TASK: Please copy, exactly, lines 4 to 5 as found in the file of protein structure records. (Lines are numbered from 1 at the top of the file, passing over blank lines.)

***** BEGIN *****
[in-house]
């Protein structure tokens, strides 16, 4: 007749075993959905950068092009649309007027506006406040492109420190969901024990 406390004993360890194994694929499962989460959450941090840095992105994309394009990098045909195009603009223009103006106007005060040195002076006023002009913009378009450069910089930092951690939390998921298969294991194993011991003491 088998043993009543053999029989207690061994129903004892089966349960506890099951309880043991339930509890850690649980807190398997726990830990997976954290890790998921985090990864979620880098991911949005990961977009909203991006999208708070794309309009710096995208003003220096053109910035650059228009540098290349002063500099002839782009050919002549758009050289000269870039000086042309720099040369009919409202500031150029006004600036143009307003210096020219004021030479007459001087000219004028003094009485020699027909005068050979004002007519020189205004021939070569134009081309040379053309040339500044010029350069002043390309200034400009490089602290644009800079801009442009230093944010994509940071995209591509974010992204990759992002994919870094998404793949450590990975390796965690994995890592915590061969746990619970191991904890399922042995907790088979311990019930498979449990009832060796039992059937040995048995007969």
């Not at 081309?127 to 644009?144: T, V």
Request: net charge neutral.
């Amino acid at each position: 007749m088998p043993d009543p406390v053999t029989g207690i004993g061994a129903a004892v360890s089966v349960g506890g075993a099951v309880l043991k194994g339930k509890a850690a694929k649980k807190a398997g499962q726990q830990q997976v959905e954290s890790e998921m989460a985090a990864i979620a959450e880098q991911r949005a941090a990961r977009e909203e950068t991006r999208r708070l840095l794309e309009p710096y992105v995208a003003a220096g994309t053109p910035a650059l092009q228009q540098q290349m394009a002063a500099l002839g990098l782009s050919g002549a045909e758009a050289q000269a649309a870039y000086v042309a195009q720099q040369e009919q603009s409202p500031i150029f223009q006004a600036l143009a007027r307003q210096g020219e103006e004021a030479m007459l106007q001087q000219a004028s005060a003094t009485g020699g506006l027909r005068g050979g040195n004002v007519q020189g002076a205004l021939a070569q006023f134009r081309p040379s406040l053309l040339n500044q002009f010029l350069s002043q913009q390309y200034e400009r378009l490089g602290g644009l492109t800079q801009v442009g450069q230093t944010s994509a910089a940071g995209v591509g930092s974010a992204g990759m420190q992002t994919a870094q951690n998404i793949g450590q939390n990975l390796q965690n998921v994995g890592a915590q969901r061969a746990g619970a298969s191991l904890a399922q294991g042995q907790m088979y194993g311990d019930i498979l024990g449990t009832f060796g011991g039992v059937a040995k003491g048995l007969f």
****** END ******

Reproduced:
Request: net charge neutral.
């Amino acid at each position: 007749m088998p043993d009543p406390v053999t029989g207690i004993g061994a129903a004892v360890s089966v349960g506890g075993a099951v309880l043991k194994g339930k509890a850690a694929k649980k807190a398997g499962q726990q830990q997976v959905e954290s890790e998921m989460a985090a990864i979620a959450e880098q991911r949005a941090a990961r977009e909203e950068t991006r999208r708070l840095l794309e309009p710096y992105v995208a003003a220096g994309t053109p910035a650059l092009q228009q540098q290349m394009a002063a500099l002839g990098l782009s050919g002549a045909e758009a050289q000269a649309a870039y000086v042309a195009q720099q040369e009919q603009s409202p500031i150029f223009q006004a600036l143009a007027r307003q210096g020219e103006e004021a030479m007459l106007q001087q000219a004028s005060a003094t009485g020699g506006l027909r005068g050979g040195n004002v007519q020189g002076a205004l021939a070569q006023f134009r081309p040379s406040l053309l040339n500044q002009f010029l350069s002043q913009q390309y200034e400009r378009l490089g602290g644009l492109t800079q801009v442009g450069q230093t944010s994509a910089a940071g995209v591509g930092s974010a992204g990759m420190q992002t994919a870094q951690n998404i793949g450590q939390n990975l390796q965690n998921v994995g890592a915590q969901r061969a746990g619970a298969s191991l904890a399922q294991g042995q907790m088979y194993g311990d019930i498979l024990g449990t009832f060796g011991g039992v059937a040995k003491g048995l007969f």